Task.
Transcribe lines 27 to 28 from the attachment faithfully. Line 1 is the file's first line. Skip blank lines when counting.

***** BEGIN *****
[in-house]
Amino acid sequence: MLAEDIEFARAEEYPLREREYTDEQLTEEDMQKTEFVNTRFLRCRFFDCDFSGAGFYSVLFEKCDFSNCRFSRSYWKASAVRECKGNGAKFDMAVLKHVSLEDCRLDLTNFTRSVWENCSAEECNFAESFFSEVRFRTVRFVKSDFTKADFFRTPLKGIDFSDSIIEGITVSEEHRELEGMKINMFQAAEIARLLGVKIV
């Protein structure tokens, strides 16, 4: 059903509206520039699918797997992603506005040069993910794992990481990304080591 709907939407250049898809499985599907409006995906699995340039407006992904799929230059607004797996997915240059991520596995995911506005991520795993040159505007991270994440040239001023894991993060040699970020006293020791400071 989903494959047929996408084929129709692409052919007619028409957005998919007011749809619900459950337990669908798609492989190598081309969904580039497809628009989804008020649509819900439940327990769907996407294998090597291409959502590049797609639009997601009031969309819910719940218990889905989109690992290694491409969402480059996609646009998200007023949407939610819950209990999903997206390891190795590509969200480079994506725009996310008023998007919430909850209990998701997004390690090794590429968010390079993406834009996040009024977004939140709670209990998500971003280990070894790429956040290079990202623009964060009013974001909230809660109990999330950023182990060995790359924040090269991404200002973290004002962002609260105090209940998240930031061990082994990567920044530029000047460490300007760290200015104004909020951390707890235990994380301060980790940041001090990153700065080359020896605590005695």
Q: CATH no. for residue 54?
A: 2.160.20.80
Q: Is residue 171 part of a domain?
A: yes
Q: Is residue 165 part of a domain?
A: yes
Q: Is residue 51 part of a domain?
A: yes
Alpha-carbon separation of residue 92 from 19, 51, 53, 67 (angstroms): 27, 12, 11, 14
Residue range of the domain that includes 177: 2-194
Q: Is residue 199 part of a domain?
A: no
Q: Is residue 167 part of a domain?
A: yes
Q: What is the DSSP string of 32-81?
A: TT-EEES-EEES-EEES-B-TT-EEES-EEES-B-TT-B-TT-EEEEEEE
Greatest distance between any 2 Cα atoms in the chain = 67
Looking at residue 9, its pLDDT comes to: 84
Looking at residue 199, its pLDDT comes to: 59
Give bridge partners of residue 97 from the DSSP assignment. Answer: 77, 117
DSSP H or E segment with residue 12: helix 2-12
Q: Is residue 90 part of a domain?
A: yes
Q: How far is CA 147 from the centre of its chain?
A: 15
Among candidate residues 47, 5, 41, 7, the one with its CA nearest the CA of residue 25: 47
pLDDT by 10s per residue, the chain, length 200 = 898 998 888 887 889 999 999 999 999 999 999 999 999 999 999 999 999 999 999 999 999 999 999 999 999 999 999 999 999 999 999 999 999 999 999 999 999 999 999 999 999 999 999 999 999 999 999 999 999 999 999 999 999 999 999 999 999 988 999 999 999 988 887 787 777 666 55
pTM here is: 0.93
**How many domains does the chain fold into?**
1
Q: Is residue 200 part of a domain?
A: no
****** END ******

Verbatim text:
Q: How far is CA 147 from the centre of its chain?
A: 15